You’re Never Too Young to Think About Healthy Aging

You’re Never Too Young to Think About Healthy Aging

One key to healthy aging is to establish healthy eating and exercise habits when you’re young.

When you’re young, the thought of getting older is usually far from your mind. But as we age, we often look back and think, “I wish I’d taken better care of myself.” While young people may not like to think about getting old, they would still be wise to pay attention to the eating and exercise habits they establish in their youth – because the longer they have to practice healthy eating habits and engage in an active lifestyle, the more likely they are to age healthfully.

Eating is one of the few behaviors that we get to practice several times a day. And that means that every meal or snack provides an opportunity to reinforce your healthy diet habits – like practicing portion control and choosing nutrient-dense foods. Every time you make the right food choices, you are more firmly establishing good habits that will stay with you throughout your life.


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I have counseled many older patients who have had a lifetime of eating badly and who suddenly decide to “shape up”. It might be triggered by a milestone birthday, or even a health scare, but what they often tell me is that they wish that they had taken better care of themselves when they were younger. And, they find that it’s really hard to change habits they’ve had for decades. As the old saying goes, “You can’t teach an old dog new tricks”.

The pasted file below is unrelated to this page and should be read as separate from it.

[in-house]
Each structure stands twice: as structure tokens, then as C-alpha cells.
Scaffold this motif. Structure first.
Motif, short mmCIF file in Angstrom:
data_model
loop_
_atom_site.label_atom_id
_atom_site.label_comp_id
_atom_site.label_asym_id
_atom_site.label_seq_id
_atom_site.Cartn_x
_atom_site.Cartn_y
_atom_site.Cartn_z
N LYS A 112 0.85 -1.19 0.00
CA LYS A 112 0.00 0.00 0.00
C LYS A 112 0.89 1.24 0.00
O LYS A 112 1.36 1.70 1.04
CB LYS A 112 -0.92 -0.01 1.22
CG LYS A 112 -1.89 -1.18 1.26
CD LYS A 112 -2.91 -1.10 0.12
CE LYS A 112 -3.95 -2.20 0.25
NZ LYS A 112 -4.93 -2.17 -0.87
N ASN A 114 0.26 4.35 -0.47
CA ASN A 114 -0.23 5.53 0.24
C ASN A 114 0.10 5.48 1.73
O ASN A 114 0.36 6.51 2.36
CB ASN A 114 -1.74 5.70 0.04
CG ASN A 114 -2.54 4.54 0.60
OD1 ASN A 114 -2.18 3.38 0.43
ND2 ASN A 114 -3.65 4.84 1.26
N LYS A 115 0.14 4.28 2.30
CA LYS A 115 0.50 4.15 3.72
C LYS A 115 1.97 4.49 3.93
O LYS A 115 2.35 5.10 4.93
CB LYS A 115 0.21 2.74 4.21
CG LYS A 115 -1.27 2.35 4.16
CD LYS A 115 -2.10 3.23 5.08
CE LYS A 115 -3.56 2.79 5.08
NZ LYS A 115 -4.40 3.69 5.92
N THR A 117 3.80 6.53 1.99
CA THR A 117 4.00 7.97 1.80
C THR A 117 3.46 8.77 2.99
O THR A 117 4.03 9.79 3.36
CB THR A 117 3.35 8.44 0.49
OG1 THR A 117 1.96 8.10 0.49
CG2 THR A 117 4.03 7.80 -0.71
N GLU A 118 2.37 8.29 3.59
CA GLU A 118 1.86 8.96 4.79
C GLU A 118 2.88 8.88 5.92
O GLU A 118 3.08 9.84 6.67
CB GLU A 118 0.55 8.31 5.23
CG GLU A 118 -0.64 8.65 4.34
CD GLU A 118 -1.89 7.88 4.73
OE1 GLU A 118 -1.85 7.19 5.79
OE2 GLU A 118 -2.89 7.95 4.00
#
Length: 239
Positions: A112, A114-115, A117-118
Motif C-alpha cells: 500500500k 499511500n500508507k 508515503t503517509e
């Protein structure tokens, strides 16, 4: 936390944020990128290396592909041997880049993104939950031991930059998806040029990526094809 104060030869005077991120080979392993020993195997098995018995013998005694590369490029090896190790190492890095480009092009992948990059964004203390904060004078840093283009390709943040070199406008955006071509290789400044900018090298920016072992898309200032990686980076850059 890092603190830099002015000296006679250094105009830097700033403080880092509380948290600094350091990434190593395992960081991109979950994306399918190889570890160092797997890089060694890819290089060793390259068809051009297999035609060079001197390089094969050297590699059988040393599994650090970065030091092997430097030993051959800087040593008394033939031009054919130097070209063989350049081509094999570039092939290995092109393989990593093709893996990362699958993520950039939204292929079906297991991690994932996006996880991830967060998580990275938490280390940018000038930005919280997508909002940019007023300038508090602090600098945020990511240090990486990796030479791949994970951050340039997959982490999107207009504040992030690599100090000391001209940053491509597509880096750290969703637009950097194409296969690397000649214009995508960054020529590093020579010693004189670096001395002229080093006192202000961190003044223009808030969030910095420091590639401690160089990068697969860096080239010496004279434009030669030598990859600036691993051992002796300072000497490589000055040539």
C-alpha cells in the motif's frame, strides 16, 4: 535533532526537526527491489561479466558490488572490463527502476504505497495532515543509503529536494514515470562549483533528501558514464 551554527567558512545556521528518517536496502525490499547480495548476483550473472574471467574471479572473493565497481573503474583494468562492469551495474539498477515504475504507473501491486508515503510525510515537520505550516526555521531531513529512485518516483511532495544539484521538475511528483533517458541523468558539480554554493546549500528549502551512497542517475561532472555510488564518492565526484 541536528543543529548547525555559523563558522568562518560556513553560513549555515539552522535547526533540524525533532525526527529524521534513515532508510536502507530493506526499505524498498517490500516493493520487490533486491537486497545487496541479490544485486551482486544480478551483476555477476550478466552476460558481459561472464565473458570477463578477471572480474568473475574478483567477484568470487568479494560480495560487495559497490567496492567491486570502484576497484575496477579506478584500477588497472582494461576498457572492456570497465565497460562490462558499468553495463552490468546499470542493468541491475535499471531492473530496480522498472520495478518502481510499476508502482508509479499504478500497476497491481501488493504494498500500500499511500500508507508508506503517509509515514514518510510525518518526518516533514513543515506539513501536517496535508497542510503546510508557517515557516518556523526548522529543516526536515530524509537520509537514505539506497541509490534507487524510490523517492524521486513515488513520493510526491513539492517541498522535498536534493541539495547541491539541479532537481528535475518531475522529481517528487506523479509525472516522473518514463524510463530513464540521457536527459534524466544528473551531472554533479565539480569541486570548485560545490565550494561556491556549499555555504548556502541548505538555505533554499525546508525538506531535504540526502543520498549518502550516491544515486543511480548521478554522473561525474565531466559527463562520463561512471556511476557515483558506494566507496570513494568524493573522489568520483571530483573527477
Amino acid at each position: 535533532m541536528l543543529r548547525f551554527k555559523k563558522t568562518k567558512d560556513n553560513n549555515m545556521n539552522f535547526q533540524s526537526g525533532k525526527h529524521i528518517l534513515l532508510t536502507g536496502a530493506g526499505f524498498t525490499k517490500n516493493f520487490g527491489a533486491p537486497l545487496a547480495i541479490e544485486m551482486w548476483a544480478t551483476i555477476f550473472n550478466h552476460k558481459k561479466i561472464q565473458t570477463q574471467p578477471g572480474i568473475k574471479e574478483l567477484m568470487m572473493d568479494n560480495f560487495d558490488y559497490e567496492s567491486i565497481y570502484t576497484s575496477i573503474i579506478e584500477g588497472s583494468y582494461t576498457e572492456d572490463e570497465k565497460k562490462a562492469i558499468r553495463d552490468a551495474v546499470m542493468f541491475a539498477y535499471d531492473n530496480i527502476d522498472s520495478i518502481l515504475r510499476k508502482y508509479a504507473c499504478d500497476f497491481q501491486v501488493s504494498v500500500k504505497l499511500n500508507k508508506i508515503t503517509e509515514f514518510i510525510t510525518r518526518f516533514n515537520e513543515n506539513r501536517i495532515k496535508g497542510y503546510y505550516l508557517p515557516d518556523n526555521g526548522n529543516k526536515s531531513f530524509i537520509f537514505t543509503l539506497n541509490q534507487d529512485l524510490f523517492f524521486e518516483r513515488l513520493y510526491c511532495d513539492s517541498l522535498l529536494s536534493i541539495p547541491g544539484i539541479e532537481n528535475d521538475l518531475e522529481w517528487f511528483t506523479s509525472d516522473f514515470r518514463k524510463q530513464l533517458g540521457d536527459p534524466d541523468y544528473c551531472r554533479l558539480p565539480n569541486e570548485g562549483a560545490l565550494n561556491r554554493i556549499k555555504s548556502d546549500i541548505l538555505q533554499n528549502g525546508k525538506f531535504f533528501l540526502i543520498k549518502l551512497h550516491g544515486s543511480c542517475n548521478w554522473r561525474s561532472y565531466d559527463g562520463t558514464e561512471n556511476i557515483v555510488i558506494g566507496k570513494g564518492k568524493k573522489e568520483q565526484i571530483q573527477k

It’s never too late to take better care of yourself. But if you’re young, you might want to listen up – because the habits you establish now can influence your health and well-being as you get older.

Maintaining Healthy Bones as You Age

Strong, healthy bones are really built during adolescence and young adulthood. That’s because the body’s ability to store calcium in the bones peaks at about age 30 – a critical period during which you can maximize bone density. So, getting enough calcium in your diet (about 1000 mg per day) and regularly engaging in weight-bearing exercise – both of which are so important to building bone mass – are two of the best things you can do when you’re younger to ensure bone health as you age. But, that doesn’t mean all is lost if you’re older. Weight bearing activity can help to keep bones strong, and taking in adequate calcium every day (needs increase to about 1200 mg per day after age 50) can help reduce the amount that needs to be pulled out of storage from your bones to meet needs.

Maintaining Muscle Mass and a Healthy Weight as You Age

Building muscle mass can be done at any age. But, when you establish the right habits at a young age – which include consuming adequate protein and engaging in resistance exercise – you’re more likely to continue those habits throughout life. And, since lean body mass determines, in large part, your resting metabolic rate, building up muscle mass is one of the best defenses you have against “creeping obesity” – slow, incremental upticks in your body fat and weight as you age.

Maintaining Healthy Skin As You Age

The foods you put into your body and the way you take care of your skin when you’re young can affect the appearance of your skin as you age. Your skin relies on protein to manufacture supporting structures of the skin and plenty of fluid to help prevent dryness. And getting into the habit of cleansing, moisturizing and regularly using sunscreen when you’re young can help you to maintain a healthy complexion as you get older. Skin damage that happens when you’re young may not show up until decades later, so your best defense is to get in the habit of taking good care of your skin now.